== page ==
I performed last night (5 April 2014) with Lowlands in Milan, and it was a great gig. The venue, Spazio Teatro 89, is a very nice theatre that seats about 250, and the place was packed. The acoustics in the room and onstage were wonderful. I could hear every detail of my own and the band’s performance without straining. The band—which actually consisted of a core unit of Ed Abbiatti (guitarist, vocalist, and songwriter), a keyboardist (on piano, organ, and accordion), a drummer, a mandolinist, augmented by a range of performers (including me, a cellist, a horn section, a lap steel guitarist, and two bassists, one standup, one electric) who played on some tunes but not all (I played on 17 tunes, which shows you how long the set was)—was in fine form, and the audience went nuts basically from the first piece through the end of the show. Very cool.
Like Bob Dylan’s, Ed’s music is simple but not simplistic. The song structures include subtle turns and changes; the measures usually add up to 4/4, but they might be structured as a 2+6 instead of the 4+4 that you’d expect. Ed’s lyrics are often dark, but he’s not afraid of beauty, and there were a lot of moments in this show that were frankly beautiful in ways that most rockers wouldn’t dare to try. Rockers mostly like it tough, tough, tough, and I think many of them are scared that they’ll look soft if they openly embrace beauty. (Sting is the exception to the rule among the top tier; maybe he’s consciously using the beauty as emotional counterpoint to his anything-but-sentimental lyrics.) Ed doesn’t have that hangup, and I reveled all night long in the sheer gorgeousness of the sound, especially in the first half of the show, when I was paired with the core band of acoustic guitars, mandolin, keys, drums, and acoustic bass, a setup that gave me lots of freedom to contribute lines and colors.
Two Chains Running
I used a setup for this gig that included two mic chains. The gig was billed as an “unplugged” show, but Ed read my blog post about using the Digitech RP360, and he let me carry it onstage. (Phew.) I brought my Radial Tonebone ABY box to the show, and it’s a little-known fact that while this device is designed to send one input to either or both of two outputs, you can also turn it around and use it to switch between two inputs with a single output. That’s what I did here; I set it up to take one input from the house-supplied mic, an Electro-Voice Raven dynamic (about which more later), and one from the Digitech RP360 with input from my Audix Fireball. The ¼” output from the ABY box went to my own passive direct box, and from there to the main board via XLR cable. I had to supply a lo-z to hi-z transformer for the house mic cable to get it to work with the Radial ABY box, but I carry at least two such transformers with me to every gig, so no problem there. Take a look at the picture below to see what the chain looked like on the floor. (And take a look at the photo of the bass player’s pedalboard to see how simple my rig is by comparison, even with two mics.)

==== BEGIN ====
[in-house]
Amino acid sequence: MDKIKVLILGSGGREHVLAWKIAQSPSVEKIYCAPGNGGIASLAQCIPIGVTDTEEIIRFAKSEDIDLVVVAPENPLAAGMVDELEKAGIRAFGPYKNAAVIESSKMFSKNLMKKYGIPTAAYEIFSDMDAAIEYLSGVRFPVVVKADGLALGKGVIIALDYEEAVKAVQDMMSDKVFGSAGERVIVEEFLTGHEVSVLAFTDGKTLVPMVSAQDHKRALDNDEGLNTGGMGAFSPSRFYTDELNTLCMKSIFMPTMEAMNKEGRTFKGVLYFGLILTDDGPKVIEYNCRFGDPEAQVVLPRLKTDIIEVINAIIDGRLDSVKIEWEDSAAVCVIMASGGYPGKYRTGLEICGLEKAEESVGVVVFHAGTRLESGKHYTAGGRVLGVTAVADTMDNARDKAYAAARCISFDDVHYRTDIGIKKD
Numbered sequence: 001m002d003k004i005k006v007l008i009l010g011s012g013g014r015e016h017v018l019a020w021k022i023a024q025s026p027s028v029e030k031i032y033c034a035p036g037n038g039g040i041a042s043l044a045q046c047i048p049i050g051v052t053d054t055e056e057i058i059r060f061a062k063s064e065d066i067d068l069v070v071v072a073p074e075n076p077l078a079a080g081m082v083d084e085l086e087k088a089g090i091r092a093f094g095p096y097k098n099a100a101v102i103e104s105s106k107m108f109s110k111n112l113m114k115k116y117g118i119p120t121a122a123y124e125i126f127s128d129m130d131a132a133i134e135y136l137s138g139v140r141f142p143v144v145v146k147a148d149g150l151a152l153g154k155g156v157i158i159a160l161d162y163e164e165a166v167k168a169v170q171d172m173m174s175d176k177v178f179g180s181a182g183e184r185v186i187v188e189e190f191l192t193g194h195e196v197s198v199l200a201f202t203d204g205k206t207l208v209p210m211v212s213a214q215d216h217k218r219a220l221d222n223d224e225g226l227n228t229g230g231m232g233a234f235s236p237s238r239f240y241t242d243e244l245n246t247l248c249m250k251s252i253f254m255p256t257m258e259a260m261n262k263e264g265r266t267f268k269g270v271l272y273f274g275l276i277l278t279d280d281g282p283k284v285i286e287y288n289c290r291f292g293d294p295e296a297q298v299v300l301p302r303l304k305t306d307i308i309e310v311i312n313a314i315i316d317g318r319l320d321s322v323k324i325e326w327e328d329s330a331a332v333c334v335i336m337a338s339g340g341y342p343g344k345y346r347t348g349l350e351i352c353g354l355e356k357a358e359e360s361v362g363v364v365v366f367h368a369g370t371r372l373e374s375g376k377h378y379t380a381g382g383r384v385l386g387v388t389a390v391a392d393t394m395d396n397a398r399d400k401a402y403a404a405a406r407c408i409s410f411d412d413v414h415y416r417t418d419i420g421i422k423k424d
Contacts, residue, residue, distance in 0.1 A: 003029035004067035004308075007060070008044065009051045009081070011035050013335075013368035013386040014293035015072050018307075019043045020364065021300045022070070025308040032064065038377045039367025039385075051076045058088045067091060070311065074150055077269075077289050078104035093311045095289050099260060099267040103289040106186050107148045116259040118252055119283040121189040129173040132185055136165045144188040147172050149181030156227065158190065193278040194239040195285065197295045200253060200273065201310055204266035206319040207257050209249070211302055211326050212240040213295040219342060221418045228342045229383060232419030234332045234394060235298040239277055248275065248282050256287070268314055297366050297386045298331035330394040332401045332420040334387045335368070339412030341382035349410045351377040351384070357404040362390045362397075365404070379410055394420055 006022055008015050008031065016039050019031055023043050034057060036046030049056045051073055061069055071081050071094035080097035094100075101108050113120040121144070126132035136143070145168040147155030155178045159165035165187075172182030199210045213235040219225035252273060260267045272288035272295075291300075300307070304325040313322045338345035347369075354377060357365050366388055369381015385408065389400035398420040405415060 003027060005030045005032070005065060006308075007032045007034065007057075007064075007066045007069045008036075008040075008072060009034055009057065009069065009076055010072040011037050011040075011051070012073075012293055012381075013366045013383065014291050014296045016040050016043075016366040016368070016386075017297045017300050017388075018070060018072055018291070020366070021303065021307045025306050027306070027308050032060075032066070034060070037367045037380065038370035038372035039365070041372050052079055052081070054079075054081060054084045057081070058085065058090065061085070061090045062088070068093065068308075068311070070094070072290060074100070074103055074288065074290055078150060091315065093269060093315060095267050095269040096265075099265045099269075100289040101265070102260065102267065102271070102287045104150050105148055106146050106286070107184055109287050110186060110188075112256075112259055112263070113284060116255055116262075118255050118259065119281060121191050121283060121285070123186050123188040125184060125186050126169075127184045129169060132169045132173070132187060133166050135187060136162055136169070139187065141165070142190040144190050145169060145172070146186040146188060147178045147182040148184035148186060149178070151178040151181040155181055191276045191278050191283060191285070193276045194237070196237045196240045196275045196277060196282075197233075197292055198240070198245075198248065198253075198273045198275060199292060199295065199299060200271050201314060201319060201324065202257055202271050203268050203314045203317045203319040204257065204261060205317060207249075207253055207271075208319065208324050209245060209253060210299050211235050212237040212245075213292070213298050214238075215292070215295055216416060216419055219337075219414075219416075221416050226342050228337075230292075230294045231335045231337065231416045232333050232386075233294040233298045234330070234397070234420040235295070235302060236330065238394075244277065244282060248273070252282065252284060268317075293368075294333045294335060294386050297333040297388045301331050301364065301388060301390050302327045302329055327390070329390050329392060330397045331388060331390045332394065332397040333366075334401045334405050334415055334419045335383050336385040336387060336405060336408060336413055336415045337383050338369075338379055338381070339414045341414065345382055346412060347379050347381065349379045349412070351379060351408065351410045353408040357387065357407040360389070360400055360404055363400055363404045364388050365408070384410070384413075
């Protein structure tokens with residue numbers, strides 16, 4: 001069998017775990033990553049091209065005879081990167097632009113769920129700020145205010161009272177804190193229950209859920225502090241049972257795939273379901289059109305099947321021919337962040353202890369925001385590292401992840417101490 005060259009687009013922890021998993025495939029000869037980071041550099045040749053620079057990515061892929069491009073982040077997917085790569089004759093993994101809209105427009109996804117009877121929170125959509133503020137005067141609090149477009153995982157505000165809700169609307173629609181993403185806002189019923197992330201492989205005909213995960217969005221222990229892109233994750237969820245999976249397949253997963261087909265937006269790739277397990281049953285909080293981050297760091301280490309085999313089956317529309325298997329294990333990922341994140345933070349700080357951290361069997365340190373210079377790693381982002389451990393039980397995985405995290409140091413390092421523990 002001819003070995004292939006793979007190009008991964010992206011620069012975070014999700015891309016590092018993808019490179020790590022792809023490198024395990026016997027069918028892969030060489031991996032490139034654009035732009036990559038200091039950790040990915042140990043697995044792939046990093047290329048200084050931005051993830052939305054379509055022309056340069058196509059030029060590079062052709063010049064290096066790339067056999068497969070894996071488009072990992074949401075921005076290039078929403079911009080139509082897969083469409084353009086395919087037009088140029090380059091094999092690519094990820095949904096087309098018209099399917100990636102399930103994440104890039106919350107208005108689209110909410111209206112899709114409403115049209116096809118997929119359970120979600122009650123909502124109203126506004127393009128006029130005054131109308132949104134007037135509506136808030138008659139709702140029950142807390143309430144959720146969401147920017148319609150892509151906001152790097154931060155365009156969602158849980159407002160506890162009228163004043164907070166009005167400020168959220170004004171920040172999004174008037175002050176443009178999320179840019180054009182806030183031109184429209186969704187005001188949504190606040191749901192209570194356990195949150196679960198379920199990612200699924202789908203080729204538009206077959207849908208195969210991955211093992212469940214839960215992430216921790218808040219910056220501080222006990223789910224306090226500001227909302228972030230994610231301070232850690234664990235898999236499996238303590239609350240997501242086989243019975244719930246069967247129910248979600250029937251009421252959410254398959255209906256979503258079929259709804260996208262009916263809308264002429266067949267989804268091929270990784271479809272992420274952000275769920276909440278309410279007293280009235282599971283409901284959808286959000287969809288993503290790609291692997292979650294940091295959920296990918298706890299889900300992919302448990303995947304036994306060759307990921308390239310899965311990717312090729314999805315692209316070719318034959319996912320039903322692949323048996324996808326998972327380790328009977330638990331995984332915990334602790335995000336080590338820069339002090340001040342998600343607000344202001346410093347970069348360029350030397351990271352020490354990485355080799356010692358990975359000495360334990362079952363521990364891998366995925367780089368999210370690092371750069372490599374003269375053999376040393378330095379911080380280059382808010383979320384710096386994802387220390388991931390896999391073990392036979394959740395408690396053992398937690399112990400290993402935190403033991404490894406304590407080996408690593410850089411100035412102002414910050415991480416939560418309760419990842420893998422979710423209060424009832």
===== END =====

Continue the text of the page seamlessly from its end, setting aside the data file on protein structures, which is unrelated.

You learn a lot by doing side-by-side comparisons, and what I learned on this gig was that I need to do more work on the RP360 patches that I’ve set up for “acoustic” tones. My current clean patch setups on the 360 use a Clean 2101 preamp model with a fair amount of gain plus EQ settings that are designed to take out a lot of high-frequency content (because harp is not short on high frequencies, and it can get pretty zingy out there when they’re amped). It’s a very nice sound, but it’s also a big, wide, mid-rangy sound that came off as “ampy,” not acoustic, in comparison to the Raven mic. The Raven had a beautiful, crystal-clear but warm sound that I couldn’t match with any of my RP360 setups, and I didn’t really want to hold up the sound check while I programmed and tested changes in the 360 setup, so the best solution was to use the two-mic setup with the ABY box. (I’ll have to do something about the RP360 setup when I get a chance.)
Of course, some of the difference in sound probably was the result of hand-holding the Audix mic that fed the 360; when you hold the mic in your hand, the hand absorbs some of the high frequencies. That was just more reason not to try to duplicate what I was hearing from the stand-mounted Raven.
Simple, Effective Changes in Performance